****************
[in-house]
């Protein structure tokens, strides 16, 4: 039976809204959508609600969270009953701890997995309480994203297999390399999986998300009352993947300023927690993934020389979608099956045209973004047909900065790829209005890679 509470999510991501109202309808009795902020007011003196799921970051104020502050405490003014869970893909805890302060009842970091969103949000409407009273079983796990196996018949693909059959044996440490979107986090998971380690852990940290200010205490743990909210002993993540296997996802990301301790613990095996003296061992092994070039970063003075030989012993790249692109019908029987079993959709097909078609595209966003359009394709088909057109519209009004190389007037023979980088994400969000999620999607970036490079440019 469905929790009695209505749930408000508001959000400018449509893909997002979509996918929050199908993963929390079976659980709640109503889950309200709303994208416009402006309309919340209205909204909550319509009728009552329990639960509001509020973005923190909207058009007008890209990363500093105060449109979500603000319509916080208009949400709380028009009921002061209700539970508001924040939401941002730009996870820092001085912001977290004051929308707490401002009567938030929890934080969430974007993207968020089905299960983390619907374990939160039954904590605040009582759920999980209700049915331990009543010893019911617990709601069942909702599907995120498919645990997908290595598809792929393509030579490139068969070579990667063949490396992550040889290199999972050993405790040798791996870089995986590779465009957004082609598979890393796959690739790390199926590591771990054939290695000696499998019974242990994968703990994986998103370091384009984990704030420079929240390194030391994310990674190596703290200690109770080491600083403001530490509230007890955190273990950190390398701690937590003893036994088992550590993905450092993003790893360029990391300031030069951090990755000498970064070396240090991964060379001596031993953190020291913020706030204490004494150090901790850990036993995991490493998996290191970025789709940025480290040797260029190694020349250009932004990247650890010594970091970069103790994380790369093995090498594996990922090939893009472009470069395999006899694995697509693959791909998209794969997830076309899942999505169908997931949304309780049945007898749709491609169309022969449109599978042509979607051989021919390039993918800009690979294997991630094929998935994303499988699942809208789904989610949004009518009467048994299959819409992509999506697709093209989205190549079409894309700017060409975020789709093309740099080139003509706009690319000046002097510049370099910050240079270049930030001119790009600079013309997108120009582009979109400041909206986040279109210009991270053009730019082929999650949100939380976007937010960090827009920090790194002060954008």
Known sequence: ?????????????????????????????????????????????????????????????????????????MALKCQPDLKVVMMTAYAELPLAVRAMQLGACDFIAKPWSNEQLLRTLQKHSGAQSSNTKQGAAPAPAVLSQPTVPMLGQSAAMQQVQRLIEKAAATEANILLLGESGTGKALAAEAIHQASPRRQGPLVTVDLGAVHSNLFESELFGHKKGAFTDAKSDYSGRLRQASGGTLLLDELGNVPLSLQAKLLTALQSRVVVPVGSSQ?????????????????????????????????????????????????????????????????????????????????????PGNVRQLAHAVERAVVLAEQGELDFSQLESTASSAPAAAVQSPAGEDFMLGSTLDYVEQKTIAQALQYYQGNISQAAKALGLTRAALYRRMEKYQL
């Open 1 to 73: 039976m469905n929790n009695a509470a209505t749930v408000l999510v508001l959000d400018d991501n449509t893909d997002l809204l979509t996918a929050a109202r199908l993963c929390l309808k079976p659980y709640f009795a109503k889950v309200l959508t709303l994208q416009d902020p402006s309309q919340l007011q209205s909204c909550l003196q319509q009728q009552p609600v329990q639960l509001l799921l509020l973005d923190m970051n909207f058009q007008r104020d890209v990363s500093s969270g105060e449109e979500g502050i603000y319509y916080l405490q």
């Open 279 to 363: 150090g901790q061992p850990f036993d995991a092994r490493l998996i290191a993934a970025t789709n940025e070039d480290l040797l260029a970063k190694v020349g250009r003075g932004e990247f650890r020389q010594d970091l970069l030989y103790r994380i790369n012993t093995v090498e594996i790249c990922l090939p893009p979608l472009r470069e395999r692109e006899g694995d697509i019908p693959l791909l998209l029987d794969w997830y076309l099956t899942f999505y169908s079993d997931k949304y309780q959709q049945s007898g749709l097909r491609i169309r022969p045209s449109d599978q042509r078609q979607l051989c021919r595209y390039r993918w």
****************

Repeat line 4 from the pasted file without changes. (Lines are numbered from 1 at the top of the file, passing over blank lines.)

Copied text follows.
């Open 1 to 73: 039976m469905n929790n009695a509470a209505t749930v408000l999510v508001l959000d400018d991501n449509t893909d997002l809204l979509t996918a929050a109202r199908l993963c929390l309808k079976p659980y709640f009795a109503k889950v309200l959508t709303l994208q416009d902020p402006s309309q919340l007011q209205s909204c909550l003196q319509q009728q009552p609600v329990q639960l509001l799921l509020l973005d923190m970051n909207f058009q007008r104020d890209v990363s500093s969270g105060e449109e979500g502050i603000y319509y916080l405490q």